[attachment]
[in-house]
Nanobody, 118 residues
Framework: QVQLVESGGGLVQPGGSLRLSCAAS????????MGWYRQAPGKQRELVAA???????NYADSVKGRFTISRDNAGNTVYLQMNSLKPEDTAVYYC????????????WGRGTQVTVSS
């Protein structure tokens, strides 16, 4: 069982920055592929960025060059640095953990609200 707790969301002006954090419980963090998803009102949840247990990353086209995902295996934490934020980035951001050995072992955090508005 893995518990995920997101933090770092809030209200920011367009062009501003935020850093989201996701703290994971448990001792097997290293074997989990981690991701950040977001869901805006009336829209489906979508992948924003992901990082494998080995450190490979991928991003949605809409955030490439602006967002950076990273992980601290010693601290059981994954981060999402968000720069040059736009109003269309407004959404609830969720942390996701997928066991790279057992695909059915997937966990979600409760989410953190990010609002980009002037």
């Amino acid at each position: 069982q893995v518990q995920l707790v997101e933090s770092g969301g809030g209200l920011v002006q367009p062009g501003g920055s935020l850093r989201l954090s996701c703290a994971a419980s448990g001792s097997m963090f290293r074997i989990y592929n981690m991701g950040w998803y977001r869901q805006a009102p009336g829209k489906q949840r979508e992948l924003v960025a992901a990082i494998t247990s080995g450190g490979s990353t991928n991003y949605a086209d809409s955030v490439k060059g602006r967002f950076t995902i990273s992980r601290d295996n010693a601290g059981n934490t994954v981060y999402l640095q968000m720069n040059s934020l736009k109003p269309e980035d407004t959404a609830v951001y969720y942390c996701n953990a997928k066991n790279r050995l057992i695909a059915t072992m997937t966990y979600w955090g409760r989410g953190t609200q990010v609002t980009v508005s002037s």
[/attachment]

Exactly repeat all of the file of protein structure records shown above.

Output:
[in-house]
Nanobody, 118 residues
Framework: QVQLVESGGGLVQPGGSLRLSCAAS????????MGWYRQAPGKQRELVAA???????NYADSVKGRFTISRDNAGNTVYLQMNSLKPEDTAVYYC????????????WGRGTQVTVSS
């Protein structure tokens, strides 16, 4: 069982920055592929960025060059640095953990609200 707790969301002006954090419980963090998803009102949840247990990353086209995902295996934490934020980035951001050995072992955090508005 893995518990995920997101933090770092809030209200920011367009062009501003935020850093989201996701703290994971448990001792097997290293074997989990981690991701950040977001869901805006009336829209489906979508992948924003992901990082494998080995450190490979991928991003949605809409955030490439602006967002950076990273992980601290010693601290059981994954981060999402968000720069040059736009109003269309407004959404609830969720942390996701997928066991790279057992695909059915997937966990979600409760989410953190990010609002980009002037």
């Amino acid at each position: 069982q893995v518990q995920l707790v997101e933090s770092g969301g809030g209200l920011v002006q367009p062009g501003g920055s935020l850093r989201l954090s996701c703290a994971a419980s448990g001792s097997m963090f290293r074997i989990y592929n981690m991701g950040w998803y977001r869901q805006a009102p009336g829209k489906q949840r979508e992948l924003v960025a992901a990082i494998t247990s080995g450190g490979s990353t991928n991003y949605a086209d809409s955030v490439k060059g602006r967002f950076t995902i990273s992980r601290d295996n010693a601290g059981n934490t994954v981060y999402l640095q968000m720069n040059s934020l736009k109003p269309e980035d407004t959404a609830v951001y969720y942390c996701n953990a997928k066991n790279r050995l057992i695909a059915t072992m997937t966990y979600w955090g409760r989410g953190t609200q990010v609002t980009v508005s002037s």